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The Use of Chlorpromazine in Intractable Pain Associated with Terminal Carcinoma *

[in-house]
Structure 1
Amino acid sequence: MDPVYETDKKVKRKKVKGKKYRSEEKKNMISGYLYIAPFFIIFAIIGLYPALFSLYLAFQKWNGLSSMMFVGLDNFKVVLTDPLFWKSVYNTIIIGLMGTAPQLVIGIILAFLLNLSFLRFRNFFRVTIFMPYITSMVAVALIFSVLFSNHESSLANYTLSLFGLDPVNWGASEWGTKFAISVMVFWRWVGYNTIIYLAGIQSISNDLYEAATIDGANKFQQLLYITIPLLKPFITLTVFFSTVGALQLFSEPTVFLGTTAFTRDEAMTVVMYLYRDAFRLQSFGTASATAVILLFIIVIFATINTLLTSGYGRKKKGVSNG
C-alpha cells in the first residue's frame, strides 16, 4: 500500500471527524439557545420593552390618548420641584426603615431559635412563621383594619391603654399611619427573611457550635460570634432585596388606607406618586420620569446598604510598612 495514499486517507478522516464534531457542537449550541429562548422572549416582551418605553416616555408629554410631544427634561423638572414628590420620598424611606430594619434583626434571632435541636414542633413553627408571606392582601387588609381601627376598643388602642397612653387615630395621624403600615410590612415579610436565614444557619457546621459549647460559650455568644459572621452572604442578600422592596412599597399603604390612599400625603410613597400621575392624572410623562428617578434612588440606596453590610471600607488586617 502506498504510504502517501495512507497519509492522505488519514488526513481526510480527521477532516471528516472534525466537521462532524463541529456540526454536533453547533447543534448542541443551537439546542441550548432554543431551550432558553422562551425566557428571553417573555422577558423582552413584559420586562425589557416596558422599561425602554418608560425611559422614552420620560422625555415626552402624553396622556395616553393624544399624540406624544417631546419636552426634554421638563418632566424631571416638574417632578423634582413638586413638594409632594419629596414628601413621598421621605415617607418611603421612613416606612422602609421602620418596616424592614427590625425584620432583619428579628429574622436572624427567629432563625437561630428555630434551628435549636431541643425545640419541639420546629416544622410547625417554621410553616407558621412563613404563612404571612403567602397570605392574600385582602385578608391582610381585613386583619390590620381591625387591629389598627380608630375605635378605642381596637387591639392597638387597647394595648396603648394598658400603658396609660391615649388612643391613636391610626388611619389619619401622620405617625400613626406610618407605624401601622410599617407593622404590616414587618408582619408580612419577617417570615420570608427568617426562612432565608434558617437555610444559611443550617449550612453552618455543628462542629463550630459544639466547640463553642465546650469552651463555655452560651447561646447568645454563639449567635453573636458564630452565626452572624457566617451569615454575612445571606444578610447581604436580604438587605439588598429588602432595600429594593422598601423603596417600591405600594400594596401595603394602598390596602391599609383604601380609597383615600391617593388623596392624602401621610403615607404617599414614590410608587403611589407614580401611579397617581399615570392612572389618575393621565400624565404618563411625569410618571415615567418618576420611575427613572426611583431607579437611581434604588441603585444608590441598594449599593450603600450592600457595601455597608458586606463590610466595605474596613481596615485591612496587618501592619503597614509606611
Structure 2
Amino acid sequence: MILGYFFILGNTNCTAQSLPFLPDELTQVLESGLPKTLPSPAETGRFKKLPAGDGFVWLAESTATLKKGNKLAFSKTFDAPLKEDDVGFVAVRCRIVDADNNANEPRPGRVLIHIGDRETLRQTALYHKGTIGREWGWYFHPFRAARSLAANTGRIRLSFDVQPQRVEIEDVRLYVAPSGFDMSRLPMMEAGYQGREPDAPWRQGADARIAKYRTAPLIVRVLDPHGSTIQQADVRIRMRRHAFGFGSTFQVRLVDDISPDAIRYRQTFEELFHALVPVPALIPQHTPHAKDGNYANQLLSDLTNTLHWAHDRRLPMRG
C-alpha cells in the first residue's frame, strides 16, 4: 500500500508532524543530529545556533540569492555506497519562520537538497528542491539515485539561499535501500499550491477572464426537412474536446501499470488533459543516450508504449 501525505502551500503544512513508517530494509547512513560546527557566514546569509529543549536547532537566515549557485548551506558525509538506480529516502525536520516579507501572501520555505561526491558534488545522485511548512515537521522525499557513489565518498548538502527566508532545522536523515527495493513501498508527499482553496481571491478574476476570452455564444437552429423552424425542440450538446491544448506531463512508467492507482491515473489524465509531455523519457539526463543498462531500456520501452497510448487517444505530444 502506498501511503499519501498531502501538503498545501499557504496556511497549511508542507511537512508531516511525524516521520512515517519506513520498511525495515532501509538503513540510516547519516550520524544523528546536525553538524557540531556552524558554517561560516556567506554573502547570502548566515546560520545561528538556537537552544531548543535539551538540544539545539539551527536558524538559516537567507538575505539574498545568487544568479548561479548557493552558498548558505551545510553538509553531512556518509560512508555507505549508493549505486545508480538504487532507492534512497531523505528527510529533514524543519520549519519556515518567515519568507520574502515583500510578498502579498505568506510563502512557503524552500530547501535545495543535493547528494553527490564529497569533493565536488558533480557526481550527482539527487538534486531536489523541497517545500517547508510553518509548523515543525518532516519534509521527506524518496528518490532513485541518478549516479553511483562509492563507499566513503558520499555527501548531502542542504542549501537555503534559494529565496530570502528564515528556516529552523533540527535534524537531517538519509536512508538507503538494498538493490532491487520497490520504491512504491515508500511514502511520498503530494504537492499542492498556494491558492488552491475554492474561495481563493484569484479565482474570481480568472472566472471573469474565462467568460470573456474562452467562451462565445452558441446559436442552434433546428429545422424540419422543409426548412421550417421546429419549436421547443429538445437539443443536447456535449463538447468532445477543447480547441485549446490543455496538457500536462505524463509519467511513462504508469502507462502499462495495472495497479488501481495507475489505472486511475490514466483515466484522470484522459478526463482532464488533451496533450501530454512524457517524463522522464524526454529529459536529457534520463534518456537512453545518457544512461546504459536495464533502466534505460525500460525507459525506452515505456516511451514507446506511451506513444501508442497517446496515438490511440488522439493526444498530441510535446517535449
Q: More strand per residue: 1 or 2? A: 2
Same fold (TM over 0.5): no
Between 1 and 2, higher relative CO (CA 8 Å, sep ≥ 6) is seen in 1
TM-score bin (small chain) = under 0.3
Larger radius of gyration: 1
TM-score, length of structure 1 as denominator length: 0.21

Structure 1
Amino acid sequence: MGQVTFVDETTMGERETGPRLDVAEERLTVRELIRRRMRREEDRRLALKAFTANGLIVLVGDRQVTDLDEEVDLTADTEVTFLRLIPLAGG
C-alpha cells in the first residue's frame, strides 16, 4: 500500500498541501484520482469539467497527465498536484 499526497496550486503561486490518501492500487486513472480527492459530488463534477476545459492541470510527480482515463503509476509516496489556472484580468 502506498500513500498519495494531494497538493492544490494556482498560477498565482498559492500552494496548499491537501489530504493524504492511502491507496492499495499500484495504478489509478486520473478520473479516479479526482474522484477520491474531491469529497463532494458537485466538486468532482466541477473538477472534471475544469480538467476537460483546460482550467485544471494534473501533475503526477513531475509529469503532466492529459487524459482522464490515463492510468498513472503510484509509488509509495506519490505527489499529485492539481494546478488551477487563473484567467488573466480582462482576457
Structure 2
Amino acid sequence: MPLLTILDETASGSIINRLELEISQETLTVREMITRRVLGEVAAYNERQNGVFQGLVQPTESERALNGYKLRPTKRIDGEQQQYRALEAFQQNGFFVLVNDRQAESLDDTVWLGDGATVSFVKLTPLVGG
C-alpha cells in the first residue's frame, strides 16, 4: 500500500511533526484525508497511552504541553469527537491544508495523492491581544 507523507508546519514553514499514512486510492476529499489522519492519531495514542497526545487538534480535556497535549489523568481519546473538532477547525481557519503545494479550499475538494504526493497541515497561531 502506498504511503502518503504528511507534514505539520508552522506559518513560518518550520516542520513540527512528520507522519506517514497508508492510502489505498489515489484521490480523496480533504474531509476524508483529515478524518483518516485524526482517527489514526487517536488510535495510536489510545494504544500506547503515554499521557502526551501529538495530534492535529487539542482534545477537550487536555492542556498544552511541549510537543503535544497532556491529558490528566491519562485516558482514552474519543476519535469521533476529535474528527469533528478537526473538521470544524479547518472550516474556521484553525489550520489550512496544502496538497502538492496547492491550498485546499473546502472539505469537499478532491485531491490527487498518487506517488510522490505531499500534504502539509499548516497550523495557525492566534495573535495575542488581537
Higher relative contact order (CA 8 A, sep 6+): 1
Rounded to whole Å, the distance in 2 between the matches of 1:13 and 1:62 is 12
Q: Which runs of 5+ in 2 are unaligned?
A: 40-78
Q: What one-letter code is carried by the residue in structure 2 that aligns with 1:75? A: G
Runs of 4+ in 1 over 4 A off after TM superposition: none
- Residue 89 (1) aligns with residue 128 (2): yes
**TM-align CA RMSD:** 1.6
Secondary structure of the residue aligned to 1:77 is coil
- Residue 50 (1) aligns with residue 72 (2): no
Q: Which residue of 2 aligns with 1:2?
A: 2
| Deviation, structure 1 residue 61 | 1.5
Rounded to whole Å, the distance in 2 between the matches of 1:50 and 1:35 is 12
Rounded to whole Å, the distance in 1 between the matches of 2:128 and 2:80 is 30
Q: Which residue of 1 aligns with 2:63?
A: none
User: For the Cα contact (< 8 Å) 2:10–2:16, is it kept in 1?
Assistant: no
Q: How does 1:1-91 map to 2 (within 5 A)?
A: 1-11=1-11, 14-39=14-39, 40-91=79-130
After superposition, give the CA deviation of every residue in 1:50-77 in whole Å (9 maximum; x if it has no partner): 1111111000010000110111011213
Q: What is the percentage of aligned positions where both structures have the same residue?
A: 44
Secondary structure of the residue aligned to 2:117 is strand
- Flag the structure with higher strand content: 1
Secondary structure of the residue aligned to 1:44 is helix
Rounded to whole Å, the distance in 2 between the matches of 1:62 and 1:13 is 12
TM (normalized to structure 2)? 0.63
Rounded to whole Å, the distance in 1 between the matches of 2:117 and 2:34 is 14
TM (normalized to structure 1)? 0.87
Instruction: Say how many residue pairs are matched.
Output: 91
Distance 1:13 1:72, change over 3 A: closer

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A Snapshot of Adolescent and Young Adult Cancers N at io na l C an ce r I ns tit ut e U.S. DEPARTMENT OF HEALTH AND HUMAN SERVICES National Institutes of Health A Snapshot of Adolescent and Young Adult Cancers Cancers Affecting Adolescents and Young Adults (AYAs) An estimated 67,500 adolescents and young adults (AYAs) ages 15–39 were diagnosed with cancer in 2010.1 This is almost six times the number of cases diagnosed in children ages 0–14. The incidence of specific cancer types varies dramatically across the AYA age continuum. For example, leukemia, lymphoma, and testicular cancer (germ cell tumors) are the most common cancer types in younger AYAs (15–24 years old). By ages 25–39, breast, cervical and uterine, and colorectal cancers comprise a growing share of cancers among AYAs.2 See Cancers in Young People to learn more. 1 2 An estimated projection calculated by the Surveillance, Epidemiology and End Results (SEER) Program using SEER 18, 2006–2010. Data from the SEER Program. 0 2000 4000 6000 8000 10000 12000 Ages 20–24Ages 15–19 0 5000 10000 15000 20000 25000 30000 35000 40000 Ages 35-39Ages 30-34Ages 25-29 Incidence, Mortality, and Survival Cancer is the leading cause of disease-related death in the AYA population; among females, it is the most common disease-related cause of death, and among males it is second only to heart disease.3 In the AYA age group, only accidents, suicide, and homicide claim more lives than cancer. Incidence rates of cancers in AYAs vary by race and ethnicity. Rates of both cancer incidence and 5-year survival are highest among white AYAs. American Indian/Alaska Native AYAs have the lowest cancer incidence rates. African Americans have intermediate incidence rates and the lowest 5-year survival rates. Unlike improvements seen in younger and older age groups, survival rates for young people (AYAs) with some types of cancer have not improved in almost 30 years. Factors that may

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